College of
Human
Medicine

Dean's Update | May 7, 2021

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Friends,

I have been following the great trauma and tragedy unfolding in India as the latest COVID-19 surge courses through cities and countryside. Like here, the virus is a mindless bit of chemistry, and its onslaught lays bare the structures, struggles, inequities, and politics of society and community. The Indian diaspora is so tightly tied to families and friends on the subcontinent that each of us has family, friends, colleagues and neighbors frantically calling home, hoping for good news, and fearing the worst. Take care of those around you, and know that those with ties to India and surrounding countries are facing uncertainty, fear, and loss.

As COVID-19 races through the Asian subcontinent, there continue to be attacks in this country against people from Asia and the Pacific Islands. Xenophobia and anti-Asian attacks have long been in our history, which I have written about before. Since that update, the College of Human Medicine has been working on enacting the nine requests submitted to the college by our student organization APAMSA (Asian Pacific American Medical Student Association). Our plan includes initiating bystander training for all members of the college, addressing content in the curriculum, and advocating for APIA concerns. You can read our letter here.

There is a lot going on in the world. Our students, staff, and faculty have been working straight out through it all. In response to the university’s request for documenting additional hours spent by faculty and staff to address the pandemic since March 2020, the college submitted this information to the Office of Health Sciences. The time spent by staff and faculty on the pandemic is an astonishing 51,000 hours. This total does not include the efforts of university leadership like the EVP and University Physician, nor does it include the bulk of the hours dedicated to the Early Detection Program (Spartan Spit), which is now supported on a different budget.

Our COVID-19 work total does include new courses on COVID-19 for physicians, public health workers, and the public. It includes open sessions with community members and rewriting clerkships and courses multiple times to keep our students on track toward graduation. It includes reorganizing our work in clinic, the classroom, and supporting university efforts. It is a lot. Said another way, our staff and faculty, in addition to their regular jobs, did the work of an additional 26 people this year. People talk about “COVID fatigue,” but I think the issue is really just straight up fatigue. Thank you for all of this work on behalf of our patients, students, communities and each other.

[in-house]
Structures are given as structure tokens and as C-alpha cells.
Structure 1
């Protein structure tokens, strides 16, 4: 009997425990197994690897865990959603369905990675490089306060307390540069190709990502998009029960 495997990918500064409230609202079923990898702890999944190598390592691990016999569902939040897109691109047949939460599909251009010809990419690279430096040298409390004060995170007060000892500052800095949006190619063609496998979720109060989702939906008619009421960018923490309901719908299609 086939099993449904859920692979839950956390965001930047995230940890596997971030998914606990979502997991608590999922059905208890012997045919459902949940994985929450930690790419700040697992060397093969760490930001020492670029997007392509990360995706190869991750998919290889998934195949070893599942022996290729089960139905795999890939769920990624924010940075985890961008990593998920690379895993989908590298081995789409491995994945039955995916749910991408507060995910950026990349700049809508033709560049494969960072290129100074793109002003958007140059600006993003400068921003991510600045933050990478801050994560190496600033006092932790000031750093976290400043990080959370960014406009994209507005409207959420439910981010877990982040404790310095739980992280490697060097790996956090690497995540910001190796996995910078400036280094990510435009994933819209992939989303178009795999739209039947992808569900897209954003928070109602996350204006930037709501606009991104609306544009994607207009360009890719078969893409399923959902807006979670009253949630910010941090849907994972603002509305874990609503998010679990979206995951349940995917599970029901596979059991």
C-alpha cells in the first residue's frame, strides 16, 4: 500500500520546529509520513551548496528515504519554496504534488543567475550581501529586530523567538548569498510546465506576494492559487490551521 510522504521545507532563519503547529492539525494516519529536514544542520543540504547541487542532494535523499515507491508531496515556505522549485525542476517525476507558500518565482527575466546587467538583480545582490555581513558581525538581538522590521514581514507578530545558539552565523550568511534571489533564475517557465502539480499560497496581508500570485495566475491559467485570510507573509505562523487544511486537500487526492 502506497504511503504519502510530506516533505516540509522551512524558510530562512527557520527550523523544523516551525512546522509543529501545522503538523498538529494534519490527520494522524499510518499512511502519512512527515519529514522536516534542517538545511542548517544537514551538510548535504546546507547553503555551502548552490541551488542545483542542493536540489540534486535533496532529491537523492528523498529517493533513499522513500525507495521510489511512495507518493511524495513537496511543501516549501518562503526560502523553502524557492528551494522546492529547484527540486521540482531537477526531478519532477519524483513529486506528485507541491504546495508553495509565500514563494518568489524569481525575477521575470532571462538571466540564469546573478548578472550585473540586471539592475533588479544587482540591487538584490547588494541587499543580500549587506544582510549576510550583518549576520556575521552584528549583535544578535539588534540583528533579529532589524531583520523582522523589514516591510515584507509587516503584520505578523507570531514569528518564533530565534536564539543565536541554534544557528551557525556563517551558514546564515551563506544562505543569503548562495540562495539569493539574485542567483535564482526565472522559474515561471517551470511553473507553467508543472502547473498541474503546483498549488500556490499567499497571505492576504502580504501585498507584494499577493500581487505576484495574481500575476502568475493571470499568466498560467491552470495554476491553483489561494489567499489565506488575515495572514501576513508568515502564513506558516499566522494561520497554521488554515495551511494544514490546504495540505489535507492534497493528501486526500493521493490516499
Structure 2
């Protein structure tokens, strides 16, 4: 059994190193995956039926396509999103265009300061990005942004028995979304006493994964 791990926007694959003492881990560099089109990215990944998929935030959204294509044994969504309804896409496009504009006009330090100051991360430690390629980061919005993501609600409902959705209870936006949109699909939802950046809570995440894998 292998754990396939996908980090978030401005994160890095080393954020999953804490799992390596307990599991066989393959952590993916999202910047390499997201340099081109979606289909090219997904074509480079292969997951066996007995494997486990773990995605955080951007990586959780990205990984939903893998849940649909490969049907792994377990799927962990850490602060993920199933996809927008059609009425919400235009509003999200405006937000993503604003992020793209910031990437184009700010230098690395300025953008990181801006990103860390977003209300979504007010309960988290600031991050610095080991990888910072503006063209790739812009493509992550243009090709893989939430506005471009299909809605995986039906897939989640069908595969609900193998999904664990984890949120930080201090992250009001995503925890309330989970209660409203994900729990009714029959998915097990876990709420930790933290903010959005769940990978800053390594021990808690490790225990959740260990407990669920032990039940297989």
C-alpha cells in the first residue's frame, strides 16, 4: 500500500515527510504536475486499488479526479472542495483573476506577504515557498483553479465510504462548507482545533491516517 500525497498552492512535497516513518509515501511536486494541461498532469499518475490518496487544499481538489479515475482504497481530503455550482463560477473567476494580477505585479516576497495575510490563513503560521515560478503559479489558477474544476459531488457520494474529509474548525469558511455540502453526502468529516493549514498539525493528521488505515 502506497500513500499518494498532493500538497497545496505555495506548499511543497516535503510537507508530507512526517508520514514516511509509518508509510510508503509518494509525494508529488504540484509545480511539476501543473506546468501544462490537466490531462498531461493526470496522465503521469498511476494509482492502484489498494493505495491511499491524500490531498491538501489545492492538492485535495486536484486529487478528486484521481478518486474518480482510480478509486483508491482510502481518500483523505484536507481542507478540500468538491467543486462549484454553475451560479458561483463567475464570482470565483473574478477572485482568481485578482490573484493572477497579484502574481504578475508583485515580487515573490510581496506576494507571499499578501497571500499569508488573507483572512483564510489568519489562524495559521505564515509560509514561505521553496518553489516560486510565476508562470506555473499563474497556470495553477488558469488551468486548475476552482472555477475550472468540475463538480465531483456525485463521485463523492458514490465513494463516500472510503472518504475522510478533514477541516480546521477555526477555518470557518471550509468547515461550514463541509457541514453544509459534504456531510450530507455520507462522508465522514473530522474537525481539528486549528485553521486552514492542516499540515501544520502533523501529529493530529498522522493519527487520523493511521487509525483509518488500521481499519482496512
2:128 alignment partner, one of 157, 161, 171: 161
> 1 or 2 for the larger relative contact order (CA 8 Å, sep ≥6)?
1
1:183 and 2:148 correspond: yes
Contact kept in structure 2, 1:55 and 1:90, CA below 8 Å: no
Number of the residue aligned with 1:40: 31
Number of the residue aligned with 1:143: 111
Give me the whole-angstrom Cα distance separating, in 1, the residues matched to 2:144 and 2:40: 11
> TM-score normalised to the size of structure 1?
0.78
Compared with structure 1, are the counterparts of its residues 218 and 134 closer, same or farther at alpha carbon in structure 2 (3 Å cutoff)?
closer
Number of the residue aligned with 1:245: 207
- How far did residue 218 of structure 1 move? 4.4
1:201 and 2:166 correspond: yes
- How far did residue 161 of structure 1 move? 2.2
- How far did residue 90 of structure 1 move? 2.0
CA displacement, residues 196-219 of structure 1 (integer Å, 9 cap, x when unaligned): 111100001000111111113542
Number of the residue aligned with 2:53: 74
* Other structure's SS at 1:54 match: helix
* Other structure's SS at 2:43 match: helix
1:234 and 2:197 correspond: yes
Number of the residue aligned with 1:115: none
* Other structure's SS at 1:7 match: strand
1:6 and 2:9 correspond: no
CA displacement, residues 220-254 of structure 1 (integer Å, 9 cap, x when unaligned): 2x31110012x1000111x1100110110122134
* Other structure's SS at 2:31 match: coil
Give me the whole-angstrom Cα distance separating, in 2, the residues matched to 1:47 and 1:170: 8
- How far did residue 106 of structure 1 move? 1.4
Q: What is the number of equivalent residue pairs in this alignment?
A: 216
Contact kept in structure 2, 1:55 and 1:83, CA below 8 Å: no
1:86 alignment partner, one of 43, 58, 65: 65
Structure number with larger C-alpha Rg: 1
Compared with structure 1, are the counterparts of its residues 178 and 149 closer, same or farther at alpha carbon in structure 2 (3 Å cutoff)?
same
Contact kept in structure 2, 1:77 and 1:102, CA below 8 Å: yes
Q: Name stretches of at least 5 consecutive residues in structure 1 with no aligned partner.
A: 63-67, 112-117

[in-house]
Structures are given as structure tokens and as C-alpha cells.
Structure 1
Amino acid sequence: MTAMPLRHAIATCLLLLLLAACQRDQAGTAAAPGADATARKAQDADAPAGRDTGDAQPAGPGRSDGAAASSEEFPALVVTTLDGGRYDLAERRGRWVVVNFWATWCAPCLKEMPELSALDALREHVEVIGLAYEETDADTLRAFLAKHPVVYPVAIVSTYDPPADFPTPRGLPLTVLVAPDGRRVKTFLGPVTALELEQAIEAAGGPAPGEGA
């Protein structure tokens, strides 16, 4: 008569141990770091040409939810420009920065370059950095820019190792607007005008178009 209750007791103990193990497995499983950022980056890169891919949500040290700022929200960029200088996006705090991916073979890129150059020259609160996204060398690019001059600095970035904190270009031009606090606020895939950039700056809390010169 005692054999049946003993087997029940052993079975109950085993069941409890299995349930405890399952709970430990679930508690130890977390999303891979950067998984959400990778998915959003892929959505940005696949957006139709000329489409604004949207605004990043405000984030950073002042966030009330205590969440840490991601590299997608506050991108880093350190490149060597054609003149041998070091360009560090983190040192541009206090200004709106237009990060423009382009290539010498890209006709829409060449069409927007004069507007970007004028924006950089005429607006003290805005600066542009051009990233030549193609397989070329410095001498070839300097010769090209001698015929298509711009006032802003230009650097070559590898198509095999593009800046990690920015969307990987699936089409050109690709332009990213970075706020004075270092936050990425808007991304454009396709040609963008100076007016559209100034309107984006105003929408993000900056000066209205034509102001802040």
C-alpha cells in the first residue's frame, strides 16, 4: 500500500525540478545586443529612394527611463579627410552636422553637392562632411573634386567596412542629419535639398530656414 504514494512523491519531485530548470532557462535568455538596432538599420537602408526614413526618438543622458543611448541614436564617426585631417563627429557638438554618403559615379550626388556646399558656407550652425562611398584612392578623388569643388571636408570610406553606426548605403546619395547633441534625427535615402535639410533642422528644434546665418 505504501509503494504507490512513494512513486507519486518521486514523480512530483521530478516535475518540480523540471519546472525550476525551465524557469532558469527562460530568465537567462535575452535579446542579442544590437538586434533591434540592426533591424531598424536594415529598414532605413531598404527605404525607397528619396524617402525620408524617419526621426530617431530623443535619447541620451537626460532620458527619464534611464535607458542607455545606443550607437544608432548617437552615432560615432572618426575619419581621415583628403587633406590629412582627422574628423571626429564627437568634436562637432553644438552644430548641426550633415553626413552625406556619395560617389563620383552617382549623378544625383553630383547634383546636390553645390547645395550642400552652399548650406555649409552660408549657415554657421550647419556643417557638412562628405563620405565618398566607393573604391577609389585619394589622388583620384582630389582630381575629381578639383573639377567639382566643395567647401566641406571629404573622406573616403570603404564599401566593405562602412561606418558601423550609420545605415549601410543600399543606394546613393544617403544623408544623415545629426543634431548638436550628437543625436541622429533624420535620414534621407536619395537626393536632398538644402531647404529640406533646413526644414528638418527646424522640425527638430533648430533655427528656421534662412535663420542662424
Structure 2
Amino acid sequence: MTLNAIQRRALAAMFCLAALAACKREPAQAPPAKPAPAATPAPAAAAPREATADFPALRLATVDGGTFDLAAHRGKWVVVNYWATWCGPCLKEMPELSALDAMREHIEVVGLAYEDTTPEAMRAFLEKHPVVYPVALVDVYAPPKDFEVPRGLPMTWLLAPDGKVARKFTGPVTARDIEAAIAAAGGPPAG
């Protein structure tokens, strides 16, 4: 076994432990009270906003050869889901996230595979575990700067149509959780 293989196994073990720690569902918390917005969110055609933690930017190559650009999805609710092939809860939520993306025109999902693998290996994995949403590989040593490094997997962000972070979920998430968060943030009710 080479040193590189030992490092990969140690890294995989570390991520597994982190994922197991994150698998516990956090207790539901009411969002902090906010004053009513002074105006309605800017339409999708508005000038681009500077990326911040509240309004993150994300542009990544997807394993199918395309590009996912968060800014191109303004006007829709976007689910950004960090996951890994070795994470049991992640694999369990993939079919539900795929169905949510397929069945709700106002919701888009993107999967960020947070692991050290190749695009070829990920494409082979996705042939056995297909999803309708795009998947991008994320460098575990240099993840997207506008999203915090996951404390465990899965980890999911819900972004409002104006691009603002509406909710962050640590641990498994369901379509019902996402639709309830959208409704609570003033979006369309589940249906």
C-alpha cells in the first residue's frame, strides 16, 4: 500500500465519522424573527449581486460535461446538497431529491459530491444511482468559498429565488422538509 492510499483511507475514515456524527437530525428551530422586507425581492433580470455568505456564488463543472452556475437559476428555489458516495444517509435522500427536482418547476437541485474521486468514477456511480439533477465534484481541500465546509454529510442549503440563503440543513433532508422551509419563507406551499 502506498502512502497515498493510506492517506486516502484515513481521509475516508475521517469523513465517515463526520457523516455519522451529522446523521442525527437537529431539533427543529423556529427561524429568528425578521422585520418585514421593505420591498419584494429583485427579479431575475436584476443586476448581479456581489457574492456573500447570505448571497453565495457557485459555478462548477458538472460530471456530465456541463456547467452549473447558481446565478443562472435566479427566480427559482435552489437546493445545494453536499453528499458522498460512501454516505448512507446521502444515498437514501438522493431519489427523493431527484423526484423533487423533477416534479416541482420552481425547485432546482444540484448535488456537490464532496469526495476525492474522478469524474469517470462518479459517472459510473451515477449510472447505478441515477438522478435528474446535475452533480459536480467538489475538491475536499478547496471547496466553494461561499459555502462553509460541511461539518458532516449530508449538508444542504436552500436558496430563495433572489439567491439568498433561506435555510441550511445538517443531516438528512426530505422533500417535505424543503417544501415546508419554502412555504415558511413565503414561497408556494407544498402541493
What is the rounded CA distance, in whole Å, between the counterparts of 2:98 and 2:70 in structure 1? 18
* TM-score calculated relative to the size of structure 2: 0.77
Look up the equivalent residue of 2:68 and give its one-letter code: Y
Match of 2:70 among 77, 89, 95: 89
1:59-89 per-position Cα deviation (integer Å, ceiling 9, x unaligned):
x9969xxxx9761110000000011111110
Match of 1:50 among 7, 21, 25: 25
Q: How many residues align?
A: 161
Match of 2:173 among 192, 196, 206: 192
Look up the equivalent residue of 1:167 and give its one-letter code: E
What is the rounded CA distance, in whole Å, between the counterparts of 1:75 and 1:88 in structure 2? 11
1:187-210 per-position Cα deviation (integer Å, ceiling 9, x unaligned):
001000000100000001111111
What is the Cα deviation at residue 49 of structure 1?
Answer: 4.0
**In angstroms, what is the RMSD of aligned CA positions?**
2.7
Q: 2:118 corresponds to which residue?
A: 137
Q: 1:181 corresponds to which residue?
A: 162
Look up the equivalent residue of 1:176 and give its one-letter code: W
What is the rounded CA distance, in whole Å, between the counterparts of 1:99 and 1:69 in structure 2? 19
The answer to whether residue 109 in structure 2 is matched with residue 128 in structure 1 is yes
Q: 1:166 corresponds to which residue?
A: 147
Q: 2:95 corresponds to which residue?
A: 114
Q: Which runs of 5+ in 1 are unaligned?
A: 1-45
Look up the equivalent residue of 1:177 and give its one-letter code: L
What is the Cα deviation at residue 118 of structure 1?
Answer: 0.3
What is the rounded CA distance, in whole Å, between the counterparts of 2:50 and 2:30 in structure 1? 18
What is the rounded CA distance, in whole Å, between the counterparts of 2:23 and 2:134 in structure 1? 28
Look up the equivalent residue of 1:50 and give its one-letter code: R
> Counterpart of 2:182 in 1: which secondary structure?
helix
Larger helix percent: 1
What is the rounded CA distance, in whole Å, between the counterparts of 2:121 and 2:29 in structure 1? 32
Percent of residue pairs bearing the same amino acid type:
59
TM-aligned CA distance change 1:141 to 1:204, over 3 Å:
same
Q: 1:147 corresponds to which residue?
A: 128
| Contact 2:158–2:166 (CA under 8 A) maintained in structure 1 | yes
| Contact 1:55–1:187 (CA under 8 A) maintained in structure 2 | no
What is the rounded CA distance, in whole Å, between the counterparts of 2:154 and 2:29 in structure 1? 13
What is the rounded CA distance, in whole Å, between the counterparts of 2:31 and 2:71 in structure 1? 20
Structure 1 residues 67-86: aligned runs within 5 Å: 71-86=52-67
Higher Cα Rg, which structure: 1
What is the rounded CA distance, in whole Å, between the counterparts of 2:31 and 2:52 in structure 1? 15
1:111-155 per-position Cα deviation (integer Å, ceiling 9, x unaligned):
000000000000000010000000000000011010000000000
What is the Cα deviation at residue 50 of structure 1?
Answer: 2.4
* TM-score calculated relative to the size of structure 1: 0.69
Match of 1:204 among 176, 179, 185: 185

In some ways all of that effort culminates this weekend and next with our graduation ceremonies. This Saturday at noon, you can watch our spatially distanced, masked, never-before-done graduation as a live stream. Dr. Joneigh Khaldun, Chief Medical Executive for the State of Michigan, will be our graduation speaker (her talk is pre-recorded) and, while there won’t be a hooding ceremony, we will be there to celebrate in the parking lot of the Breslin with the new Spartan MDs and their two guests.

This week was Cinco de Mayo, the fifth of May. Although Cinco de Mayo is not a large holiday in Mexico, it is a significant celebration in areas of the US with larger populations of Mexican decent. The celebration comes on the anniversary of Mexico’s May 5, 1862 victory in the Battle of Puebla, led by President Juárez over the French, who invaded and occupied Mexico in 1861-67. In the US, the holiday is an opportunity to celebrate Mexican culture and Mexican-American heritage. The celebration came to prominence first in California with the rise of the Chicano movement under the leadership of people like César Chávez. Many of the celebrations of last year and of this year have been sidelined due to the pandemic, but we can still learn and celebrate the history, work, sacrifice and pride in Cinco de Mayo.

In Michigan, the COVID-19 burden is decreasing, but the key to our success is vaccination. You can help normalize vaccination by using a MSU “I got my COVID-19 vaccine” sticker in your email. Please get vaccinated and encourage others to do the same.

Serving the people with you,

Aron

Aron Sousa, MD
Interim Dean